Editor’s Pick Controlling a browser with your eyes? Playing a game in a web browser on your smartphone by waving your hands in the air? That and more is the future of the web, according to Google.
A few months ago, when Facebook admitted defeat and went native with its iOS app, some thought it was a death-knell for HTML5.
Facebook’s game team says games are becoming bigger and better on its platorm.
Guest Post Just like Apollo Creed and Rocky joined forces to take on Clubber Lang in Rocky II, HTML5 and Digital Rights Management (DRM) are an unstoppable team.
Can Famo.us make the web run faster? A cool demo suggests yes.
Beautiful iOS and Windows Phone game Contre Jour has made the jump to HTML5 and the web, with a version tailor-made for browsers. It’s stunning.
Sunglass, a GithHub-like platform for 3D design aims to make it easier for designers to collaborate in real time.
Facebook’s iOS team is happy about the company’s switch to native code, but it still cares about building and leading standards for the mobile web.
Facebook chief executive Mark Zuckerberg didn’t mince words today about the company’s past mobile strategy.
Shortly after getting its Android app kicked out of the Google Play store, Grooveshark is rolling out the full version of its HTML5 web app today.
Atari announced that for the 40th anniversary of the game company it would release eight classic titles, completely remade to support touch controls, for browsers.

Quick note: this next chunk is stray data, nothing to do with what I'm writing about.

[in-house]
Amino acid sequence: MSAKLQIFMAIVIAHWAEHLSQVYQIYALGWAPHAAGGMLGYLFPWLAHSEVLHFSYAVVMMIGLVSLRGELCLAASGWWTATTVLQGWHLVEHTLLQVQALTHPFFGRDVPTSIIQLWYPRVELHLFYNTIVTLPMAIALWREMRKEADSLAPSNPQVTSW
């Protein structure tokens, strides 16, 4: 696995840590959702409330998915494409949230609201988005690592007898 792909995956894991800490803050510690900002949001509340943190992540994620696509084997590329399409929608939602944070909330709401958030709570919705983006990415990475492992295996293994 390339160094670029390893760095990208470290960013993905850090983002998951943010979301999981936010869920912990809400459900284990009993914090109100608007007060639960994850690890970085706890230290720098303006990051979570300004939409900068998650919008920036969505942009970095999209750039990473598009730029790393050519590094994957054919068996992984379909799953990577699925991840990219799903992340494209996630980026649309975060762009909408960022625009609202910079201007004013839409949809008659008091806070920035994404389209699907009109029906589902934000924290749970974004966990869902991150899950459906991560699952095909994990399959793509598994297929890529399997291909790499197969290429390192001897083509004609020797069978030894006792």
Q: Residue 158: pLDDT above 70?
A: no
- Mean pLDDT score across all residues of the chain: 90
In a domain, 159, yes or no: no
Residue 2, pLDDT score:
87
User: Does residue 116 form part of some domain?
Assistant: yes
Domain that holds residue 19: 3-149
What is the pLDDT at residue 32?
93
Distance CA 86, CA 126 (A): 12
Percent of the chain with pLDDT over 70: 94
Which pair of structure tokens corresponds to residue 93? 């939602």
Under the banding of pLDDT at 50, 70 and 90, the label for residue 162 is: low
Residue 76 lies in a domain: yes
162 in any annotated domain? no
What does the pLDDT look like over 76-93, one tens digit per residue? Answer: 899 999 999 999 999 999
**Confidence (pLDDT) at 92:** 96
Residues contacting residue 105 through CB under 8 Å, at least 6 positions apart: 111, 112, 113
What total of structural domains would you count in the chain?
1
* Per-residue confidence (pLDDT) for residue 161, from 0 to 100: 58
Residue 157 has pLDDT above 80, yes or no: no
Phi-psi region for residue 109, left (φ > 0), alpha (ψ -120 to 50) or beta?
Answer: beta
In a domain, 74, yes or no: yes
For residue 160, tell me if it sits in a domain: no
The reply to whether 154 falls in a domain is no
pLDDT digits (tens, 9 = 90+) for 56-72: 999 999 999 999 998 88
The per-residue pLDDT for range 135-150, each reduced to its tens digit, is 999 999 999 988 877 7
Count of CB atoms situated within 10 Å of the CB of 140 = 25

Two days after launching its HTML5 game portal, Goko had to shut down the site.
Guest Post Web Real-Time Communication (WebRTC) is a new HTML5 standard framework that enables the sharing of video, audio, and data directly between web browsers. These capabilities open the door to a new wave of advanced web applications.
Sponsored Post You’re building a tablet app, and you need to make decisions on what platforms to support. Here’s how to pick the tablet platform that’s right for you…
The audiophiles at SoundCloud, the large sound-sharing platform, unveiled a completely rebuilt web app at its office in San Francisco Wednesday. The new app is only in private beta to start, though ten thousand invites are being sent out today.
Monday, drag and drop website builder Wix.com launched its HTML5 website builder, which builds websites with video and animation for devices that don’t support Flash.
Guest Post Mozilla unveiled a plan last week to build a better mobile platform, attempting to leverage its expertise in Web browsers to compete with Android’s and iOS’ giant 77% market share. The program, dubbed “Boot to Gecko” and announced at the big Mobile World Congress event in Barcelona, promises developers a new way to deploy applications to mobile using their existing Web-development skills. In essence, Mozilla is looking to make mobile app development more accessible to existing Web developers. Similarly, Yahoo announced its Web-standards based application platform called “Yahoo Cocktails.”